The present invention provides a high-frequency electron source (10), in particular in the form of an ion source neutralizer, in particular for an ion thruster, comprising a discharge chamber (11) having at least one gas inlet (14) for a gas to be ionized and at least one extraction opening (16) for electrons, wherein the discharge chamber (11) is at least partially surrounded by at least one electrode (12 a) and one keeper electrode (12 b), and a high-frequency electric field is provided between the electrodes.
The discharge of the high-frequency electron source is ignitable by a sudden pressure change, which may be produced, for example, by briefly increasing the mass flow through the electron source. This minimizes the ignition voltage on the Paschen curve, and the gas begins to flow. The accelerated electrons, in turn, then strike additional electrons from neutral particles and ionize them. This advancing ionization state generates a plasma that supplies the necessary electrons.
Advantages of the high-frequency electron source include its simple, uncomplicated construction. Thus, there is no need for a heating system, electronics or electron emitter, which also eliminates the storage restrictions and limitations on environmental conditions during assembly and operation. For example, it is possible to carry out a serviceability test under normal environmental conditions after manufacture without impairing the service life of the high-frequency electron source. It is also possible to use inert gases such as xenon, or other suitable gases that do not have to be specially purified to remove oxygen and residual moisture. The elimination of the preheating phase and activation processes also makes the electrons quickly available so that, when neutralizing an ion thruster, the latter is able to provide its thrust immediately.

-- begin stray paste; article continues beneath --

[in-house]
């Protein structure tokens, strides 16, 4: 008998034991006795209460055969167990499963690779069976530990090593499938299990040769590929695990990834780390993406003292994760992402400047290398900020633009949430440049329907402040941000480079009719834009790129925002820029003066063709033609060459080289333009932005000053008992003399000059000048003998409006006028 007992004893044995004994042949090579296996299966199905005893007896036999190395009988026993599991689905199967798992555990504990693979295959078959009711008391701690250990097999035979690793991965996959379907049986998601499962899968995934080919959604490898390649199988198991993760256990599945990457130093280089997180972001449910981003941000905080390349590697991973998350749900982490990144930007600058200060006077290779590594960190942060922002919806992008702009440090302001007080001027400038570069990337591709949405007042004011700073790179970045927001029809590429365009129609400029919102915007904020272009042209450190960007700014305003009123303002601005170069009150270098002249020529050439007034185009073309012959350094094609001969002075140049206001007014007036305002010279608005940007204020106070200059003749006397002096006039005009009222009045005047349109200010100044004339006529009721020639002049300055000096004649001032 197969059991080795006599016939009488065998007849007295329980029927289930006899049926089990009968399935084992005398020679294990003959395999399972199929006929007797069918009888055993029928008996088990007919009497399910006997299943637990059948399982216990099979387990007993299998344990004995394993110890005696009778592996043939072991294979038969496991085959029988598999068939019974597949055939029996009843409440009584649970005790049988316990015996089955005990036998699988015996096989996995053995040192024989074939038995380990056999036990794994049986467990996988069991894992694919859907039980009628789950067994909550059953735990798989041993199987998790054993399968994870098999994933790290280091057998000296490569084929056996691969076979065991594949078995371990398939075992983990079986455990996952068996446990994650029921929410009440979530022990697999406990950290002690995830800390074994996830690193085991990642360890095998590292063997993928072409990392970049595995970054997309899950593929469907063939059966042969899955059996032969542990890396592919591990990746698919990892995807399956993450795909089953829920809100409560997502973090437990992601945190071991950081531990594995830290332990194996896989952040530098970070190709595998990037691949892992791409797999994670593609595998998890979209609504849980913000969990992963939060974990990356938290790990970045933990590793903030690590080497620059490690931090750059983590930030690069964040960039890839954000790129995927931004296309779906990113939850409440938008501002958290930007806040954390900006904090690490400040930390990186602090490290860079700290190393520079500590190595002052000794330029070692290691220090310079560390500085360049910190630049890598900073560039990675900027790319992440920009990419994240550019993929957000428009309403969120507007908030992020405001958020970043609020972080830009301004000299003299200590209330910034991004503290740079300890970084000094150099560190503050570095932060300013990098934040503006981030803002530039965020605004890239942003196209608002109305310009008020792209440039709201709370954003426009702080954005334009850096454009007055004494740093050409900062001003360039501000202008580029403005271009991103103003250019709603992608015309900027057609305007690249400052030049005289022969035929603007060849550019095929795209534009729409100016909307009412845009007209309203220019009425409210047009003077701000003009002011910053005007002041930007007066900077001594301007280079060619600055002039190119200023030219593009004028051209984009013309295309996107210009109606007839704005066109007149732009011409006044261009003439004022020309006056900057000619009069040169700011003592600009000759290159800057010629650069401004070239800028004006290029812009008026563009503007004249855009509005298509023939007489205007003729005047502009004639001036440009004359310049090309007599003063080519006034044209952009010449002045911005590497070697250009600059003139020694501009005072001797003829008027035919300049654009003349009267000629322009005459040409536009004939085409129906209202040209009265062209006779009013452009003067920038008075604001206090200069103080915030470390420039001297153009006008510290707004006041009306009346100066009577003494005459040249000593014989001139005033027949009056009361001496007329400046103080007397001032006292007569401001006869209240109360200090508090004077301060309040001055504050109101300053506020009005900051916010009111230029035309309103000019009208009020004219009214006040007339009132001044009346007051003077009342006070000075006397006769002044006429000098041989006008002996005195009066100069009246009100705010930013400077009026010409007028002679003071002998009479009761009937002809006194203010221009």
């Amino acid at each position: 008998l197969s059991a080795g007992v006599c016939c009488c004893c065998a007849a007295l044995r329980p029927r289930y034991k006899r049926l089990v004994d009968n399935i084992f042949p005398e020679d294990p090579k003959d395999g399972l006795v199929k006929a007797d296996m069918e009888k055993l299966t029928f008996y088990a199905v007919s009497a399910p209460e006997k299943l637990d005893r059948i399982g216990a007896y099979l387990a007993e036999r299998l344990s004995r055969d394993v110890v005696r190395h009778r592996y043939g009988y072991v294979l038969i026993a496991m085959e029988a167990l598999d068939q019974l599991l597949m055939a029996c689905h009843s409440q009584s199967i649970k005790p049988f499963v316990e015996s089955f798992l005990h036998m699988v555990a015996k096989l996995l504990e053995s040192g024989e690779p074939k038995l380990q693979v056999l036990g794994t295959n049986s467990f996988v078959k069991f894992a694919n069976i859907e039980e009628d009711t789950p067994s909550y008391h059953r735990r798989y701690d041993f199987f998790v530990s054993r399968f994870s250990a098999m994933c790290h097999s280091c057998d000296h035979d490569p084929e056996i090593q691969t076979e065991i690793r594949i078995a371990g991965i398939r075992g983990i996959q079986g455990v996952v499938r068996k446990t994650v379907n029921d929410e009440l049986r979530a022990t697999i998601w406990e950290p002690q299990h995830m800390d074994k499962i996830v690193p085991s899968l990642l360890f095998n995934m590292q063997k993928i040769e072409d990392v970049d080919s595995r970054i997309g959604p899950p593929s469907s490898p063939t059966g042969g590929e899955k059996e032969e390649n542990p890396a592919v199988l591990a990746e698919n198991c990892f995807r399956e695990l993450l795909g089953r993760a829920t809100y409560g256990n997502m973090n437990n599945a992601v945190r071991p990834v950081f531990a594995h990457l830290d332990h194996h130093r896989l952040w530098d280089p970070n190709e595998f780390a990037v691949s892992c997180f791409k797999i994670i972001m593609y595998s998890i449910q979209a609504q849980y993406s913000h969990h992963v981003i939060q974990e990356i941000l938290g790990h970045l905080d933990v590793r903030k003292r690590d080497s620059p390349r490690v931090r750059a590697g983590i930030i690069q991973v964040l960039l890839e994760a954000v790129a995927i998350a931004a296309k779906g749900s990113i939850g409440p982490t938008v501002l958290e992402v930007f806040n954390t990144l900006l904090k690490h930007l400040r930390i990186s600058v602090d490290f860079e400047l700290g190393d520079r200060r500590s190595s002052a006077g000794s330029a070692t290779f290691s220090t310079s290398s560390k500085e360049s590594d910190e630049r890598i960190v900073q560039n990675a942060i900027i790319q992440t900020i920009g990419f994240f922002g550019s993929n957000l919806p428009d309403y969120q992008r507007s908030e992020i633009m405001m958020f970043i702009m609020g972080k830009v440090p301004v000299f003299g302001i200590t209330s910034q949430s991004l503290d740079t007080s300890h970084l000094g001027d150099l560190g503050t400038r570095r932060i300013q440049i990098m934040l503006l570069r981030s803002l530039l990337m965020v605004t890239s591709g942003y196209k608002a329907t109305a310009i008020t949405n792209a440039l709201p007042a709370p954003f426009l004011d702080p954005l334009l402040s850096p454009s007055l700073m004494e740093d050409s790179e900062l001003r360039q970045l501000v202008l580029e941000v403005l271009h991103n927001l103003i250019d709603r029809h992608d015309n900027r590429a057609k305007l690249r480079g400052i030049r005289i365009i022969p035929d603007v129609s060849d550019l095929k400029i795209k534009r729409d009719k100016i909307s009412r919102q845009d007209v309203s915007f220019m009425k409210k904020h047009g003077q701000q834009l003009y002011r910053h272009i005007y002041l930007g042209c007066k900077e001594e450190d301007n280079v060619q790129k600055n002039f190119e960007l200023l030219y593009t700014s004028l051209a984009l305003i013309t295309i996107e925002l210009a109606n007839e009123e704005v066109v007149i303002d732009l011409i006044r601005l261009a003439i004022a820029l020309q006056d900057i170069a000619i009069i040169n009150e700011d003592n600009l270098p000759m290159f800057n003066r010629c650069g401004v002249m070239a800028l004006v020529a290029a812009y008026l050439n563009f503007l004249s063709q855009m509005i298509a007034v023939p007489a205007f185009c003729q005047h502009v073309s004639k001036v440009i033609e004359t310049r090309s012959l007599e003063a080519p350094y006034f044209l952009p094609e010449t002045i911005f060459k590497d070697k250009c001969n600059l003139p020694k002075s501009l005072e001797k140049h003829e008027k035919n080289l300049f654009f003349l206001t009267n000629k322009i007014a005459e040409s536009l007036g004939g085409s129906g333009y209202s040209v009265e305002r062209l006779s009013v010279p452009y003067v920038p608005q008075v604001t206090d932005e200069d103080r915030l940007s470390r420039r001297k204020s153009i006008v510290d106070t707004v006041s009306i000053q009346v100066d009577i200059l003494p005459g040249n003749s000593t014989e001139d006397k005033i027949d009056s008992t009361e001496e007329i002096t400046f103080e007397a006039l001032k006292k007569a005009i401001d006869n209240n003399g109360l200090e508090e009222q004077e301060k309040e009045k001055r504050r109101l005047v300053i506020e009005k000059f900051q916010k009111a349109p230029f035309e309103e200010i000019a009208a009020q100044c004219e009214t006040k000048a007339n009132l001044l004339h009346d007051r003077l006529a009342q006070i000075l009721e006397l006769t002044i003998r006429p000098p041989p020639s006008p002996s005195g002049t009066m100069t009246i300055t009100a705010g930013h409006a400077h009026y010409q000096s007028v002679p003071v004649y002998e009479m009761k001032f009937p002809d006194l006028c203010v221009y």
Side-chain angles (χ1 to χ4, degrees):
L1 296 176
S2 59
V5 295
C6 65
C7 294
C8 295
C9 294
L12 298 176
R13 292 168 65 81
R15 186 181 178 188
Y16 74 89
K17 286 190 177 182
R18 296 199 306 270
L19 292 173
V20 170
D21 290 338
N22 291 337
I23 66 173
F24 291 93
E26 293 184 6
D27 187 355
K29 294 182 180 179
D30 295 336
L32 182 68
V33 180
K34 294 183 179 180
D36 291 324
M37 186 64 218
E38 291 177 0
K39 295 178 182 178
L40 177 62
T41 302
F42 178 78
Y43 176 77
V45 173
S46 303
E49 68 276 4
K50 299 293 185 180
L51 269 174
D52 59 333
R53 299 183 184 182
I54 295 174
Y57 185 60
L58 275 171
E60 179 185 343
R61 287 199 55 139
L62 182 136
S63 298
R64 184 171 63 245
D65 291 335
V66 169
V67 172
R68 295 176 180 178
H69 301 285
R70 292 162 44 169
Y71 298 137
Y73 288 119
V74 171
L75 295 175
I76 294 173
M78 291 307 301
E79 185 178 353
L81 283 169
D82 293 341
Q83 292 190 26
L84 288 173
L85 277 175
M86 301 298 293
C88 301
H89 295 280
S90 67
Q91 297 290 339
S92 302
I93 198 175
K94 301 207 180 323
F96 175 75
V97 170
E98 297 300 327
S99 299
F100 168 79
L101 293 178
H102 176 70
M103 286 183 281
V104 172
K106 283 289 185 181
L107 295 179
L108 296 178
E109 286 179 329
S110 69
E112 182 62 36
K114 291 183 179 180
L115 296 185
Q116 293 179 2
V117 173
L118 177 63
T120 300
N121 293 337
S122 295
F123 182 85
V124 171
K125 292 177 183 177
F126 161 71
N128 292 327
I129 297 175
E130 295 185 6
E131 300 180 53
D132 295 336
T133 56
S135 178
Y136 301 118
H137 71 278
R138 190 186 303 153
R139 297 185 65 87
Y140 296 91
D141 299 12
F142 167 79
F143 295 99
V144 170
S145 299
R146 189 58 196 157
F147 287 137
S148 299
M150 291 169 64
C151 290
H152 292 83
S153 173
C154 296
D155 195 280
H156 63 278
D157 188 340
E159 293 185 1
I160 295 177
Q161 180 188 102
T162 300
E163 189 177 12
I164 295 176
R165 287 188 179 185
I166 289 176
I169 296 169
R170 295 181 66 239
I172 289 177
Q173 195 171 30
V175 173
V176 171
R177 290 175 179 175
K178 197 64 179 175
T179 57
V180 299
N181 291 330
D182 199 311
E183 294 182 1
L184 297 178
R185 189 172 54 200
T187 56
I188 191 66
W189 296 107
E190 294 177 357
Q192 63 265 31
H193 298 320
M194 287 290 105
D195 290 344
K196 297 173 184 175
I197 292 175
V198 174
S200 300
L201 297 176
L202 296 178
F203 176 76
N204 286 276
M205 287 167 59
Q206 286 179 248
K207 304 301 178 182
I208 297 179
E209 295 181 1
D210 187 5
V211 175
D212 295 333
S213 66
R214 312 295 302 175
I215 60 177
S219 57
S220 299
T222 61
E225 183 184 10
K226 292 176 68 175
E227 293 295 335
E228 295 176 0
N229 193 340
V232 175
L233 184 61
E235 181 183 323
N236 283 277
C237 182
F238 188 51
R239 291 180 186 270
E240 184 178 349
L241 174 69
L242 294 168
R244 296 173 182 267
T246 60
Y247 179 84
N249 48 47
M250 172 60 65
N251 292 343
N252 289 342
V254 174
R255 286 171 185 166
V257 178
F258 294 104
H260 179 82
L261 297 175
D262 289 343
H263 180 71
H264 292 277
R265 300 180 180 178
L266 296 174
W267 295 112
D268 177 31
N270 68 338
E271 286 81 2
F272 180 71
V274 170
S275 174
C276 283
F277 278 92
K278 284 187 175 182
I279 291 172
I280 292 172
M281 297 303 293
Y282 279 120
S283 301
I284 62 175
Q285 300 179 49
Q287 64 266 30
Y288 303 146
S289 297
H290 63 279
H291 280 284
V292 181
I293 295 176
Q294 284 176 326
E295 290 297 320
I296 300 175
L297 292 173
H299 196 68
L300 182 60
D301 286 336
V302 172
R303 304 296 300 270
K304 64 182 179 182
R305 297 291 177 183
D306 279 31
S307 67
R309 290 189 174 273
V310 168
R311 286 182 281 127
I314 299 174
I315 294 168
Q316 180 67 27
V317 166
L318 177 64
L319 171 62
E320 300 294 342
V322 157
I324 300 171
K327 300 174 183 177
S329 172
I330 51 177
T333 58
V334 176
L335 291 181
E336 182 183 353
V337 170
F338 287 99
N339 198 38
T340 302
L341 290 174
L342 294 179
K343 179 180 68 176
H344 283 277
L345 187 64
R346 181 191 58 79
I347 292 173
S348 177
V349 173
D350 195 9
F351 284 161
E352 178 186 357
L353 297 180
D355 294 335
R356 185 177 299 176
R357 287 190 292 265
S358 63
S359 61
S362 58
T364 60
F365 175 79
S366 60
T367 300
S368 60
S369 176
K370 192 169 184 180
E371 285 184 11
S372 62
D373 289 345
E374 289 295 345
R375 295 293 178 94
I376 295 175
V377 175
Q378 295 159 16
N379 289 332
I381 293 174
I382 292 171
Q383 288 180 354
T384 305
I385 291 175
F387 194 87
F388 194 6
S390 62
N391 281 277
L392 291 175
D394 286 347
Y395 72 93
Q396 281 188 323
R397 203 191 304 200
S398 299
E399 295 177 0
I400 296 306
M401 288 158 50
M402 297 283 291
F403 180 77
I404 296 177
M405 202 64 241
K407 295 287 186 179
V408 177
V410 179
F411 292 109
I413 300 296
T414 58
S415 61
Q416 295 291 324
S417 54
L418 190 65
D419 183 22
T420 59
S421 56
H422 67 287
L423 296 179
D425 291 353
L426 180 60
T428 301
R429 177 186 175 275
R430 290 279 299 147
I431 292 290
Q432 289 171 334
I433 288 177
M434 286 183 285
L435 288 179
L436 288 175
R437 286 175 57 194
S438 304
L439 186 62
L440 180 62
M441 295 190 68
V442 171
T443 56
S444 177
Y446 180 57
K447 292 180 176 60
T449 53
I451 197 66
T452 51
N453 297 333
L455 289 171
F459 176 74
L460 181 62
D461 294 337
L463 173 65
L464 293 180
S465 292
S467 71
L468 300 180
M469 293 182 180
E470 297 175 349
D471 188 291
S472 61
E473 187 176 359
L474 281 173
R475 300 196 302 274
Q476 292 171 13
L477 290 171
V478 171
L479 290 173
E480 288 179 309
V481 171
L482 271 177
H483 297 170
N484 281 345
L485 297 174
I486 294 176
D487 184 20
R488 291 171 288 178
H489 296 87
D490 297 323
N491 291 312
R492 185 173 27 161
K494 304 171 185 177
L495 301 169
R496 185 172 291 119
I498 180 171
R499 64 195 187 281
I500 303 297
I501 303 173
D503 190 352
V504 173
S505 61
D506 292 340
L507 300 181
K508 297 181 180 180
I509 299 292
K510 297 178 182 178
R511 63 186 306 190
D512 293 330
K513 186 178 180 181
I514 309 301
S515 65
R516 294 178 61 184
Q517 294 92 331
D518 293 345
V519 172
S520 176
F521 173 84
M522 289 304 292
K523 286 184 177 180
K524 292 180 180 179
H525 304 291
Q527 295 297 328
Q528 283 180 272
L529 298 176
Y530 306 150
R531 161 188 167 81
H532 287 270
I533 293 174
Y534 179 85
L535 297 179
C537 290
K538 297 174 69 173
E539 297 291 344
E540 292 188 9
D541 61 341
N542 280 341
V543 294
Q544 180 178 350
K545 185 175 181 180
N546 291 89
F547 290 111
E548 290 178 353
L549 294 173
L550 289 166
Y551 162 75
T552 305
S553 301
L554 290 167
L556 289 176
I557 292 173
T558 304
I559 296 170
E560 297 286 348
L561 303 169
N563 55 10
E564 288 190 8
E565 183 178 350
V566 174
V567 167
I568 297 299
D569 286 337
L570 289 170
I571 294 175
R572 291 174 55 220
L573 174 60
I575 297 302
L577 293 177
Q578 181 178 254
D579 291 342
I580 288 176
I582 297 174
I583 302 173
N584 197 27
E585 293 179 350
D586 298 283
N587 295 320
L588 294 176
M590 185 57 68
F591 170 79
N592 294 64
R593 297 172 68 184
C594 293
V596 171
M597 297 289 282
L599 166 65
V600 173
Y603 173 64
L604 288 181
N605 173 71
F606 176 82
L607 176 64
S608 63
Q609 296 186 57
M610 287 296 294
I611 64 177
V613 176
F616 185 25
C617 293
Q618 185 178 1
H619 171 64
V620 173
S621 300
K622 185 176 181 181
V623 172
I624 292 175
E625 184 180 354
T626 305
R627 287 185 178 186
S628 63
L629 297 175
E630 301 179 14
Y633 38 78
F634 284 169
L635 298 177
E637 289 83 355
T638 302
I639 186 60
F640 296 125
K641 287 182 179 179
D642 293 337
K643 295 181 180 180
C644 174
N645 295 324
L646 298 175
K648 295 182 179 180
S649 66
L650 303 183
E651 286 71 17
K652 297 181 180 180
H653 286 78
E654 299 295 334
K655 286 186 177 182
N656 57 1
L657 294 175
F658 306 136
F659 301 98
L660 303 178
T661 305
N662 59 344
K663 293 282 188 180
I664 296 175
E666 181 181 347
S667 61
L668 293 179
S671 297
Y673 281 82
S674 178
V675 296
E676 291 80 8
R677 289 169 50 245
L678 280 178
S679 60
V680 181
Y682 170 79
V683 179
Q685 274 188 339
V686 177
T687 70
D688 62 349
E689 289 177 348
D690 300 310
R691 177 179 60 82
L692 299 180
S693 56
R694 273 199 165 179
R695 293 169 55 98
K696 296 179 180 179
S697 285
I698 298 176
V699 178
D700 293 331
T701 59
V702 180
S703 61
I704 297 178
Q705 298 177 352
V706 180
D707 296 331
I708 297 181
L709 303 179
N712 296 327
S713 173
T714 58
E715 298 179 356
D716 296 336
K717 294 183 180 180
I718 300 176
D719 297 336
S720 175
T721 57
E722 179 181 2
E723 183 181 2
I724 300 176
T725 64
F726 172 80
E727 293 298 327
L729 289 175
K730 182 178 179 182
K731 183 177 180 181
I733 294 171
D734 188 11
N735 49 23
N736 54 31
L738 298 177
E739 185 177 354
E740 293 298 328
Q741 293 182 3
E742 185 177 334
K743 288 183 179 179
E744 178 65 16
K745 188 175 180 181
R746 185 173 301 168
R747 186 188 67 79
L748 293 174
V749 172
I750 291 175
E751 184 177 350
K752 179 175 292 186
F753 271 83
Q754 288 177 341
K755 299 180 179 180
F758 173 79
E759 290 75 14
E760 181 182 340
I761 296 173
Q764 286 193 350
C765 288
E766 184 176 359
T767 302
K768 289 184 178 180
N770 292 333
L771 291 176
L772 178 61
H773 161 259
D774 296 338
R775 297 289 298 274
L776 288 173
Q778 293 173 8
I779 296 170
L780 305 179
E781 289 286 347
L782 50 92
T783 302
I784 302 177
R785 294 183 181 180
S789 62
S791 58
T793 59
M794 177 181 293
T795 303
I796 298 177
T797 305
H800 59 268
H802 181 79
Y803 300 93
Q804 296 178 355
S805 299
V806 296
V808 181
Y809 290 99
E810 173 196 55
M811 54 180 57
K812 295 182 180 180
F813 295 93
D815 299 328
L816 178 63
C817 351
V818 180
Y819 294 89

Because relatively low-frequency operation of the high-frequency electron source is possible, high electric efficiency levels are achievable on the electronics side. In addition, the high-frequency electron source according to the present invention is very energy-efficient.
The discharge chamber is preferably surrounded by a plasma chamber. This minimizes possible gas losses. In particular, an electrode is designed so that it forms the plasma chamber.
If an electrode forms the plasma chamber, it is preferably designed as a hollow cathode. In addition to forming an optimal geometry for enclosing the plasma, a geometry of this type supports capacitive incorporation of the high-frequency field into the plasma.